Mon, Mar 31, 2003 - Page 8 News List

Quick war no economic panacea

By Jason Ye 葉信良

The recent performance of the US, European and Japanese economies has been far from ideal. This has led to a weakening of the economies in other countries. The policy of lowering interest rates adopted by many central banks does not seem to have been effective, and calls to lower interest rates continue. The US-Iraq war is generally believed to be the main economic uncertainty factor.

Investors are adopting a wary attitude and refrain from stock market investments, instead turning to the bond market in an attempt to stabilize profits. It is also generally believed that a quick end to the war would eliminate the uncertainty and minimize regional conflict, which would be the only way to bring the prices of oil and other raw materials to stability, and give the global economy a chance to recover.

A comparison between US and Iraqi military capabilities leaves the US highly confident that it will be capable of quickly conquering Bagdad. But does this imply a swift global economic recovery?

Even if the US were able to quickly end the war, that would only take care of the information side of uncertainty. On the fundamental side, judging from official US statistics, US unemployment rates remain high with employment in non-agricultural industries at its lowest level in four years, and consumer confidence indices are plummeting. Nor have we seen a solution to the problem of industrial overcapacity that came with the new economy in the 1990s.

The public is pessimistic about the future and afraid to spend, and the ability of manufacturers to negotiate prices is declining due to overcapacity, putting further pressure on profits. The only way for manufacturers to rein in expenditures is therefore to cut down on staff. With the addition of concerns for potential terrorist attacks and other external factors, this leads to further public pessimism about the future, thereby creating a vicious circle.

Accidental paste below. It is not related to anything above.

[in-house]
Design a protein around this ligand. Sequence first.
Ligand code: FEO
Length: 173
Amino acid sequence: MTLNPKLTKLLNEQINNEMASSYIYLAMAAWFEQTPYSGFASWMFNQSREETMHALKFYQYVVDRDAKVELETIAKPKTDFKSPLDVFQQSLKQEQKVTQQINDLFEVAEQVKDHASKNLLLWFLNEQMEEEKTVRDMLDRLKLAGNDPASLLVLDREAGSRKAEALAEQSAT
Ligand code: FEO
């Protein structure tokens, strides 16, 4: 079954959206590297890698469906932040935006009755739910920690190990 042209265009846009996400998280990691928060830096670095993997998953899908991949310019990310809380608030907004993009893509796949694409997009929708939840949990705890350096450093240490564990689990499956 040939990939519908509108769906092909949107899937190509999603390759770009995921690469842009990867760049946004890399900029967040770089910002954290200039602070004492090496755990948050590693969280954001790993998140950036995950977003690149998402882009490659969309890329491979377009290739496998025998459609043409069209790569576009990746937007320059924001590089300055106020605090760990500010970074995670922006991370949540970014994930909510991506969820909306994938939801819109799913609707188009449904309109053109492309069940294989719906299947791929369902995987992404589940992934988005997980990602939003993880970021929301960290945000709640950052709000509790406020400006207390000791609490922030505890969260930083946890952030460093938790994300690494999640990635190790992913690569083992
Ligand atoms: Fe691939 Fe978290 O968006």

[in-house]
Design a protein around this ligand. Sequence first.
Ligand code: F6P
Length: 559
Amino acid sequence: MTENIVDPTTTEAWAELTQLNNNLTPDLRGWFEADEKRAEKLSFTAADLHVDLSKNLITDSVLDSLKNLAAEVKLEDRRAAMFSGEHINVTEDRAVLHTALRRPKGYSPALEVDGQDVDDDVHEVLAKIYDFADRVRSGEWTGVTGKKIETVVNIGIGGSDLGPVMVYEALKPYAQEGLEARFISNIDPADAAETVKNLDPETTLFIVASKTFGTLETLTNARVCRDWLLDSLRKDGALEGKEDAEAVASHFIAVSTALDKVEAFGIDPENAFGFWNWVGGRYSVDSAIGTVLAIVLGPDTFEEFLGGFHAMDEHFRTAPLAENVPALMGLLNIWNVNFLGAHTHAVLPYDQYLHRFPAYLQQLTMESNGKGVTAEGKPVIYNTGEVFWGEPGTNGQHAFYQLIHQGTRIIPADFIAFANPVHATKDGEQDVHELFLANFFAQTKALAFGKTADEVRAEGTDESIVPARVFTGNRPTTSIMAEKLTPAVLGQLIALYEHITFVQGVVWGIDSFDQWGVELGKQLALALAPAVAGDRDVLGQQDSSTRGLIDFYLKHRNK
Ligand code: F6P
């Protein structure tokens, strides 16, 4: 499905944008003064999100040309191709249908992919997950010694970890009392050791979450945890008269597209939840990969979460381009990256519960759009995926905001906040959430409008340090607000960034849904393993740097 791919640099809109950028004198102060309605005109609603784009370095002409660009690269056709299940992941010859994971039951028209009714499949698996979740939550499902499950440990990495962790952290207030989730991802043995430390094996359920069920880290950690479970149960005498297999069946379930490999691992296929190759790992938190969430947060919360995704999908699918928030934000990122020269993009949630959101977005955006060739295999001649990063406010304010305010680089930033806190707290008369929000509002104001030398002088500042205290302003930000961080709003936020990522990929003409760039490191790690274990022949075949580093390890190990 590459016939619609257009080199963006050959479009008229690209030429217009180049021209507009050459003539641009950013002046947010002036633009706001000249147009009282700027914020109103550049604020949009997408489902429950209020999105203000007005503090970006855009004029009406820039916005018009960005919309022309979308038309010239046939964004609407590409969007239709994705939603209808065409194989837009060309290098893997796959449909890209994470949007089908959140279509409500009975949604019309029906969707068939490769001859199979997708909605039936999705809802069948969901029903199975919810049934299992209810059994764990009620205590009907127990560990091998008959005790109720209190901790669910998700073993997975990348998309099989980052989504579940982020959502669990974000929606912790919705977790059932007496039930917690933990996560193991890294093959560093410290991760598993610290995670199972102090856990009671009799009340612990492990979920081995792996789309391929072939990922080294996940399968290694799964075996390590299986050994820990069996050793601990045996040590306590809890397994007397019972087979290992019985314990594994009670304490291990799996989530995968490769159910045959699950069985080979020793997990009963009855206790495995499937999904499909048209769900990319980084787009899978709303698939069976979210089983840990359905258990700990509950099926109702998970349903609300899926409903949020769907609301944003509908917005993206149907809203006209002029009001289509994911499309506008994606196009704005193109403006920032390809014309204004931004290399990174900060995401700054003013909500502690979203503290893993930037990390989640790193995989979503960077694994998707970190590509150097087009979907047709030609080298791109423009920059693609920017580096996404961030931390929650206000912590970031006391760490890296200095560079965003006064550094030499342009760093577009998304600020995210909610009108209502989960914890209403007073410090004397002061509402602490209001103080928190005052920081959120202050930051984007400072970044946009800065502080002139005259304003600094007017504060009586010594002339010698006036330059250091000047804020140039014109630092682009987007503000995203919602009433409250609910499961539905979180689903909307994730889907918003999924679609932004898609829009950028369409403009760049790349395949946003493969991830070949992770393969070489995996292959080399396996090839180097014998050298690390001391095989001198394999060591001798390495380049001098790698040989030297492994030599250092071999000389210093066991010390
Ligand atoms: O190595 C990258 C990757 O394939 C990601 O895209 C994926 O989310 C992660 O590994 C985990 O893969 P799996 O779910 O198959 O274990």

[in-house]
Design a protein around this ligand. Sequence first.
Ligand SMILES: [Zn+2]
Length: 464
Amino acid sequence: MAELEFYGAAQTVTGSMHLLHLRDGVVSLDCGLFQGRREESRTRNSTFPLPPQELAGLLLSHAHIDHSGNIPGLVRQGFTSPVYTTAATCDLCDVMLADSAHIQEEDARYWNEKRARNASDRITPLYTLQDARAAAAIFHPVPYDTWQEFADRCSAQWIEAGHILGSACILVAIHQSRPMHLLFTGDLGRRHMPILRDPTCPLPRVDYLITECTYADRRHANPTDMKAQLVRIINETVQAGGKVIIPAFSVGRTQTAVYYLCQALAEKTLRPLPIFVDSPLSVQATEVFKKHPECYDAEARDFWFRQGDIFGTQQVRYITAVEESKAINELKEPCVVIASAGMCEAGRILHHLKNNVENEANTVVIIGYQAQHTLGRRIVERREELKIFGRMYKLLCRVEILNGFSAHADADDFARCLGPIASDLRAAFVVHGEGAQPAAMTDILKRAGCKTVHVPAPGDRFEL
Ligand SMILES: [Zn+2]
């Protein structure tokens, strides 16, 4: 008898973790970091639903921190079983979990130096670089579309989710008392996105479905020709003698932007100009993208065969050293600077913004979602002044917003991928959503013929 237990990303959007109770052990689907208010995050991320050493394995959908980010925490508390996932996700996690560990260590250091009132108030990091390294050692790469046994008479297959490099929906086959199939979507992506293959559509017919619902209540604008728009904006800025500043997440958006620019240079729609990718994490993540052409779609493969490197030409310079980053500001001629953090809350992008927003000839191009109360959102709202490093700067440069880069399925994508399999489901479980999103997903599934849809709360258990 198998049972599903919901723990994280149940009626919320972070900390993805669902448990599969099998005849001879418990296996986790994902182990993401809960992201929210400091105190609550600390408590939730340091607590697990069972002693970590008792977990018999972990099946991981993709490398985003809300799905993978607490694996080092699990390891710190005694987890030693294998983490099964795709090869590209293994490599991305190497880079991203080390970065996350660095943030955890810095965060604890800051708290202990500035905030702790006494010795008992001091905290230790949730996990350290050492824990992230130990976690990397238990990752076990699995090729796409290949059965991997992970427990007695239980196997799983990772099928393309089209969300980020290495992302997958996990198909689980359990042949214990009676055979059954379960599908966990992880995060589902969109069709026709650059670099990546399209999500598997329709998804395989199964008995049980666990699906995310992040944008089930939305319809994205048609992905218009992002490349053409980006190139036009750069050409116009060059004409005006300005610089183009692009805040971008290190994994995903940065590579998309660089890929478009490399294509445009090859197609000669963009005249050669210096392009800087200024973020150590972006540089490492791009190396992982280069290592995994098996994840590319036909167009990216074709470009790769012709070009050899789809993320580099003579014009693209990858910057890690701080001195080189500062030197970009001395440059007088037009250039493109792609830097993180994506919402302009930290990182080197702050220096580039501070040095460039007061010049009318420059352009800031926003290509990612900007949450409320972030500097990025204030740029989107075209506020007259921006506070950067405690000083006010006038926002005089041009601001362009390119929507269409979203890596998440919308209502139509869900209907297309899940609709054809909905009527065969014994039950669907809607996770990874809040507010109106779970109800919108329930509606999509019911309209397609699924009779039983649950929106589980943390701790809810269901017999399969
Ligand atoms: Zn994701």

Even if the US manages a quick victory over Iraq, these problems remain unresolved for corporate America, and the industry's outlook is still not bright. The godfather of investors, Warren Buffett, stressed that most manufacturer stocks still are overvalued and devoid of investment potential.

He prefers to invest in high-yielding bonds. Due to the low interest rate policy, there is no shortage of market capital, but structural problems remain unresolved. A revival of the economy cannot be accomplished by a war alone. This is the US situation.

Europe and Japan have similar fundamental issues. Europe still hasn't recovered from the burst of the new economy bubble. Japan's decade-long recession has left economic doctors helpless. Even if these three big economies recover from their new problems (the US-Iraqi war), full recovery still lies in a distant future if they cannot solve their old ones.

The war will certainly not solve existing problems, but it may bring with it a host of negative effects. The threat of terrorist attacks may further envelop the US, expanding the scope and extending the period of these effects. The lingering fears from the burst new economy bubble and the shadow of looming terrorist attacks will affect the willingness of capital to remain in the US.

The US account deficit has been growing after the Sept. 11 terror attacks. After the US-Iraq war, capital outflows may increase further.

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